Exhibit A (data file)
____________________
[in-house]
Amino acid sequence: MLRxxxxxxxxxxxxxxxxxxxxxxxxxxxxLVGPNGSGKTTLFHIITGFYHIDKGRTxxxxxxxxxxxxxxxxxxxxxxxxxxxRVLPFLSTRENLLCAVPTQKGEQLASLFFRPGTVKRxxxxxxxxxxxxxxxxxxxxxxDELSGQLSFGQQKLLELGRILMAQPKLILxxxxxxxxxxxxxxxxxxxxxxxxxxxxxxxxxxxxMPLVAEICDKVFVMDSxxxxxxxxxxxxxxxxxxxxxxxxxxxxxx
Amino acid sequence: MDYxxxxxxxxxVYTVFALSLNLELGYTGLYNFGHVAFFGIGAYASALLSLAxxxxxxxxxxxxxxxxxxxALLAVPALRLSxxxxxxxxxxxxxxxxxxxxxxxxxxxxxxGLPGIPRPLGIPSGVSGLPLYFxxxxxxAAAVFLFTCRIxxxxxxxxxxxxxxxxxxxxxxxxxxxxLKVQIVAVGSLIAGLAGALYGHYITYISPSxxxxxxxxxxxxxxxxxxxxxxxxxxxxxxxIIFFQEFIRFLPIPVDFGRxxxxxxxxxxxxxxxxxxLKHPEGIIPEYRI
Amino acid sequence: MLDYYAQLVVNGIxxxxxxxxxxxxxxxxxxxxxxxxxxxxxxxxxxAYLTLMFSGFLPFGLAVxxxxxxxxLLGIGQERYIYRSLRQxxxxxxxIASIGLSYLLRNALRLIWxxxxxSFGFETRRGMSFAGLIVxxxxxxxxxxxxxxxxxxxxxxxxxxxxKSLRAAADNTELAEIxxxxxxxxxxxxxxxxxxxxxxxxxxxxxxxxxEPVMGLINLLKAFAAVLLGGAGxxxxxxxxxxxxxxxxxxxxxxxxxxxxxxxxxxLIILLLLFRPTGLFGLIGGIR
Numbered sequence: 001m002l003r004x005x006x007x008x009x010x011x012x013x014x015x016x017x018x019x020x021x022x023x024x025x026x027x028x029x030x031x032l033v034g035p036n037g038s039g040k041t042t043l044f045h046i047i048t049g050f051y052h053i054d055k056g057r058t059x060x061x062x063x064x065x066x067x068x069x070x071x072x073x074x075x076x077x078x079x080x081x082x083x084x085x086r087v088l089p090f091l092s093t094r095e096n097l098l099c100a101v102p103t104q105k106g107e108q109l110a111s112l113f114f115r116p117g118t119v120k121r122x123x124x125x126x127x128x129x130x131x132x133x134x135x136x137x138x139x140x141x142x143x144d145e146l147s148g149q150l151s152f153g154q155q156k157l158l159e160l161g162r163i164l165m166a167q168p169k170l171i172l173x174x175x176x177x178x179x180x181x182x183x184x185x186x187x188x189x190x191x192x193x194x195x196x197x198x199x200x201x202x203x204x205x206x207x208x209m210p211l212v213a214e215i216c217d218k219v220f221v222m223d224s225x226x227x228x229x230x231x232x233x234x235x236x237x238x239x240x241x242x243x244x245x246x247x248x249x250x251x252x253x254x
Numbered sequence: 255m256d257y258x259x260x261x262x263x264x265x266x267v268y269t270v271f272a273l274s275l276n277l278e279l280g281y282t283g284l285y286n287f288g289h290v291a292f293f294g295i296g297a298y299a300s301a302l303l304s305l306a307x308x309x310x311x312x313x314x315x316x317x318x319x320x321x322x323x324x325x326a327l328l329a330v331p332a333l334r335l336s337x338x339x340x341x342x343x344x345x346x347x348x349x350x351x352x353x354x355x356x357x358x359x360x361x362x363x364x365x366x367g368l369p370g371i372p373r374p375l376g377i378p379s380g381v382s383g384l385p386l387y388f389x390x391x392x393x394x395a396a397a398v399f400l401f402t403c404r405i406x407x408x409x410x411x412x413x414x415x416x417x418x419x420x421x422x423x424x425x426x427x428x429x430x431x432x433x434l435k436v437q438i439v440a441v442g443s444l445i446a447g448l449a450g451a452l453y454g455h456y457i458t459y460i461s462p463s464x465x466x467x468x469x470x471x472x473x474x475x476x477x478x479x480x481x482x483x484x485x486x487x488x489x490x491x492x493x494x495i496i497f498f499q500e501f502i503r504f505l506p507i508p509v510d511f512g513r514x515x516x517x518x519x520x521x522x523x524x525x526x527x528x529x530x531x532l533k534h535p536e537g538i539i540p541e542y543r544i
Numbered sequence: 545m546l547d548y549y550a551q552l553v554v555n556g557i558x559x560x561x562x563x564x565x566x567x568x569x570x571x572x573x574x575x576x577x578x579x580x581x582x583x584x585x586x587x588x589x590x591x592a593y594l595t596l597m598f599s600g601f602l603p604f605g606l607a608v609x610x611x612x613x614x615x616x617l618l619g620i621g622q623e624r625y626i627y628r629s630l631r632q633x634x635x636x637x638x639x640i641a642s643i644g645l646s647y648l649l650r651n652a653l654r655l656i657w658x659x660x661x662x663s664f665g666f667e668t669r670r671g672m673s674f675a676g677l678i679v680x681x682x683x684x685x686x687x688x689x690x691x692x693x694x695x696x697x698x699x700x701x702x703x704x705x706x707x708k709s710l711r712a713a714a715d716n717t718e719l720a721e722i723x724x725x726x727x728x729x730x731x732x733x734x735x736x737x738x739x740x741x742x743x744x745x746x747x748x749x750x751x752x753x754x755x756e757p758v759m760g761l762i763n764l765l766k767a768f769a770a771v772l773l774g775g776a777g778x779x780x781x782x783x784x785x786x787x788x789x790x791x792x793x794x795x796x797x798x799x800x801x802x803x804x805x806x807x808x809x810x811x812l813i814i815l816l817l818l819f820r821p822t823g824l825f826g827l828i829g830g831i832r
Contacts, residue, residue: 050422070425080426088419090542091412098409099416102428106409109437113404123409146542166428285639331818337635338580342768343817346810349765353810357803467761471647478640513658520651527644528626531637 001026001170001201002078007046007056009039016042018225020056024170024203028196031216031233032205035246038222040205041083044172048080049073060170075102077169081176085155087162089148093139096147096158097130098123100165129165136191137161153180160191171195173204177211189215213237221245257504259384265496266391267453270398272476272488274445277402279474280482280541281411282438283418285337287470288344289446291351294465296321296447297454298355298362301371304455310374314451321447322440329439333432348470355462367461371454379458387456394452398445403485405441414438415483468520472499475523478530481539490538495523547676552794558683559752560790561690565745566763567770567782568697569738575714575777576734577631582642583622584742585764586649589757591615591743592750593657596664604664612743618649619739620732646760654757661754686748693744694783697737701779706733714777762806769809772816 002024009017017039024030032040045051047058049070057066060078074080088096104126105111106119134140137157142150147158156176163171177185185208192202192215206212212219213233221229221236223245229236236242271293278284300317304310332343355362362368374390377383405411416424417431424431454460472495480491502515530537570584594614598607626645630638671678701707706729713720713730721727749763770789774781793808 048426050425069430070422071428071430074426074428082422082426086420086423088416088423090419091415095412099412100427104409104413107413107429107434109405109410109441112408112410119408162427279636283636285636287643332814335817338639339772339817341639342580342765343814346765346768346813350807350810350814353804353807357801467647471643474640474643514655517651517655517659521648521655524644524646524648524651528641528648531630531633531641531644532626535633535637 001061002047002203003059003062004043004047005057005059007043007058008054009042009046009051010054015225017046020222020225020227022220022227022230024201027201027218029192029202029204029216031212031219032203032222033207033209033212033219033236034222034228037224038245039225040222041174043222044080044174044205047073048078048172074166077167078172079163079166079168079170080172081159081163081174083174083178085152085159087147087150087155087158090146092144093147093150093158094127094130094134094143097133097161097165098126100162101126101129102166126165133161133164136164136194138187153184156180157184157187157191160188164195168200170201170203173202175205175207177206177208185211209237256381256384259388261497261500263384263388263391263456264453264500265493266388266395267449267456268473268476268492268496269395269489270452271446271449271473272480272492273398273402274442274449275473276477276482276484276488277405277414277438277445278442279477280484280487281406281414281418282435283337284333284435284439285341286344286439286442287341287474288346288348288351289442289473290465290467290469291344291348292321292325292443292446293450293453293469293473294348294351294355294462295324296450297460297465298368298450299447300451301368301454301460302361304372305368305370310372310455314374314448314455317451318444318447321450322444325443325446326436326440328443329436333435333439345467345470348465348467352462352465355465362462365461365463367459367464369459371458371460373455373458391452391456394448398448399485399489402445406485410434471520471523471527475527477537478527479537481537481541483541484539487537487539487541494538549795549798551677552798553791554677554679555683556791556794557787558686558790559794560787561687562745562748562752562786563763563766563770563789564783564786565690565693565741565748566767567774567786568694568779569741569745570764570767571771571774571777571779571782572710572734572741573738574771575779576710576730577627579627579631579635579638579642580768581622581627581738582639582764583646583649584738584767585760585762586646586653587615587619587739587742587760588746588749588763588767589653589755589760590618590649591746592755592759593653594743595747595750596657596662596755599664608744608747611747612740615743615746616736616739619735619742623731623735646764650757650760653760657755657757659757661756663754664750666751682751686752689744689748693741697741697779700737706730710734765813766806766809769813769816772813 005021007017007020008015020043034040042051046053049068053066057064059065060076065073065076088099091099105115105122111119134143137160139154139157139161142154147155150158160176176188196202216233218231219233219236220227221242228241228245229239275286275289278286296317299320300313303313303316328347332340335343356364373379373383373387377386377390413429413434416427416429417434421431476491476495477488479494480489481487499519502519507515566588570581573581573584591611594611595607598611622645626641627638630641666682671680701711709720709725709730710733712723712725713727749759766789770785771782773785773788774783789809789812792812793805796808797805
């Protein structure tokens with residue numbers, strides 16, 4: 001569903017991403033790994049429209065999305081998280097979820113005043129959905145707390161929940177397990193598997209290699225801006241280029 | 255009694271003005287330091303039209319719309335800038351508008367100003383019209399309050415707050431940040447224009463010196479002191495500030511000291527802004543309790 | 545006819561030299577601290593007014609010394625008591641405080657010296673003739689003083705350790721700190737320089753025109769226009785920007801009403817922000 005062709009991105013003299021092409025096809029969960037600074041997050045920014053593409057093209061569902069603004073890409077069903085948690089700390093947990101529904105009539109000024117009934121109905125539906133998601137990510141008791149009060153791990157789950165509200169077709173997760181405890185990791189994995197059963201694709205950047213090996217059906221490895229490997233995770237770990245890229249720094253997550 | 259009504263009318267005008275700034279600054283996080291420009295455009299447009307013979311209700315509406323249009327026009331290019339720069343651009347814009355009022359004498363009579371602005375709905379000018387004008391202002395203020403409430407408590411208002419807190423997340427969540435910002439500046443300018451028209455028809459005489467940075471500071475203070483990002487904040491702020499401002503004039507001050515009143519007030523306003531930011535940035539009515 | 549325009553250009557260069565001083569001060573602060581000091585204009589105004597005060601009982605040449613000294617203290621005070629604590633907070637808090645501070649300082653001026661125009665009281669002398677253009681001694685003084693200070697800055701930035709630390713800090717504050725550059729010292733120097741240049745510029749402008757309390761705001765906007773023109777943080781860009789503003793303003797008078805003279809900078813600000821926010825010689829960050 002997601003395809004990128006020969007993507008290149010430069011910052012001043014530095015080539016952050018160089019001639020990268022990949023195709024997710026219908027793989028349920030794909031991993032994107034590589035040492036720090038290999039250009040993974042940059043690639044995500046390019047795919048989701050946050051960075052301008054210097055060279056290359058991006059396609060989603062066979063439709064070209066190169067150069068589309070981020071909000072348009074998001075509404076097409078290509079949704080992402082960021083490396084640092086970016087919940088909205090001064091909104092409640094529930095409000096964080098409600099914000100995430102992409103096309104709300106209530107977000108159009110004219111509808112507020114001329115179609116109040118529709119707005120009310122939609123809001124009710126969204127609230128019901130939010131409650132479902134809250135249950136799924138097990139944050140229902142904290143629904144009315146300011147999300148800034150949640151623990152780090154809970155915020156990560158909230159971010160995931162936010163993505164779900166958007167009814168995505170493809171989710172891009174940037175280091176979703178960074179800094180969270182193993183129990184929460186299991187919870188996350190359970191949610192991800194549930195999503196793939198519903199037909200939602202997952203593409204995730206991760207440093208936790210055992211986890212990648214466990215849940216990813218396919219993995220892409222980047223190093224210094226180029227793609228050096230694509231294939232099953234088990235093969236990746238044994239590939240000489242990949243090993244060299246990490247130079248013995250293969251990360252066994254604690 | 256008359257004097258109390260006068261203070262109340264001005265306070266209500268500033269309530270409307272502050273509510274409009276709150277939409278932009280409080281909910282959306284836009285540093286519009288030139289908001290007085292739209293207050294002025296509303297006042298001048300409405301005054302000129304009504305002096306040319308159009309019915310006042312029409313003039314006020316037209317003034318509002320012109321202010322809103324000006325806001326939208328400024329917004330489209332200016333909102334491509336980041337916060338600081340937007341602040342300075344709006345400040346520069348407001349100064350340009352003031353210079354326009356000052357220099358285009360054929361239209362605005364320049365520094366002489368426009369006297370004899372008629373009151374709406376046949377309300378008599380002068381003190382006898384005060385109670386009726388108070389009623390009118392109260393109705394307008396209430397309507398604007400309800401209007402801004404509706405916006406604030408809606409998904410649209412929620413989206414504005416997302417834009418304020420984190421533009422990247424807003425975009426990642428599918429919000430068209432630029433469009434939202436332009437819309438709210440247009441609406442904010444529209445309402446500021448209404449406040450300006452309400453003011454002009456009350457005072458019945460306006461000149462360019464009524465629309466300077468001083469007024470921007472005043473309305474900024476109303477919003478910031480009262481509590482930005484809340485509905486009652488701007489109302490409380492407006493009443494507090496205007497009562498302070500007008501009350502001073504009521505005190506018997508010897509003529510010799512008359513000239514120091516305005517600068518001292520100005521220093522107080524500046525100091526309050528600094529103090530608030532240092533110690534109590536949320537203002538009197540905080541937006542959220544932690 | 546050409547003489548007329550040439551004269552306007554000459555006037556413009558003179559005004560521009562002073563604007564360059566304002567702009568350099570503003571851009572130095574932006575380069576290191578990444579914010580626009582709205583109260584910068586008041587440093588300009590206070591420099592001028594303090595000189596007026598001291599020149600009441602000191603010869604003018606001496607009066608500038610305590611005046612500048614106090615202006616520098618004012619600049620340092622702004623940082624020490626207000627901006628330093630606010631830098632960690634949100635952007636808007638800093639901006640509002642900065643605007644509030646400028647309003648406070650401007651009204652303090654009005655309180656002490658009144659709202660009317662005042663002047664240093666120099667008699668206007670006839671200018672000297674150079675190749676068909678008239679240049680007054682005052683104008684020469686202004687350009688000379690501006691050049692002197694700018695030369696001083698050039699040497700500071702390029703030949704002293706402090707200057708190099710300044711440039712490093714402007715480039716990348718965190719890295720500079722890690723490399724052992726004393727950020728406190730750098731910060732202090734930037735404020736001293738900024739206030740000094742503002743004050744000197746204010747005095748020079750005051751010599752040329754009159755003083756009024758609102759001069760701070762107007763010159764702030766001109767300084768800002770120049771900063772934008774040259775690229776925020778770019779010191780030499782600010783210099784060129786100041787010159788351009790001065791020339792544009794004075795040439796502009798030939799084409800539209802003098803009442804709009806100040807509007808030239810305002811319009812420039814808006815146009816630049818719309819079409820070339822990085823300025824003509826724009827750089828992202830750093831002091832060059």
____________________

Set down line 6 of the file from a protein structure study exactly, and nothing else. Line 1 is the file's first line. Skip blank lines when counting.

Numbered sequence: 255m256d257y258x259x260x261x262x263x264x265x266x267v268y269t270v271f272a273l274s275l276n277l278e279l280g281y282t283g284l285y286n287f288g289h290v291a292f293f294g295i296g297a298y299a300s301a302l303l304s305l306a307x308x309x310x311x312x313x314x315x316x317x318x319x320x321x322x323x324x325x326a327l328l329a330v331p332a333l334r335l336s337x338x339x340x341x342x343x344x345x346x347x348x349x350x351x352x353x354x355x356x357x358x359x360x361x362x363x364x365x366x367g368l369p370g371i372p373r374p375l376g377i378p379s380g381v382s383g384l385p386l387y388f389x390x391x392x393x394x395a396a397a398v399f400l401f402t403c404r405i406x407x408x409x410x411x412x413x414x415x416x417x418x419x420x421x422x423x424x425x426x427x428x429x430x431x432x433x434l435k436v437q438i439v440a441v442g443s444l445i446a447g448l449a450g451a452l453y454g455h456y457i458t459y460i461s462p463s464x465x466x467x468x469x470x471x472x473x474x475x476x477x478x479x480x481x482x483x484x485x486x487x488x489x490x491x492x493x494x495i496i497f498f499q500e501f502i503r504f505l506p507i508p509v510d511f512g513r514x515x516x517x518x519x520x521x522x523x524x525x526x527x528x529x530x531x532l533k534h535p536e537g538i539i540p541e542y543r544i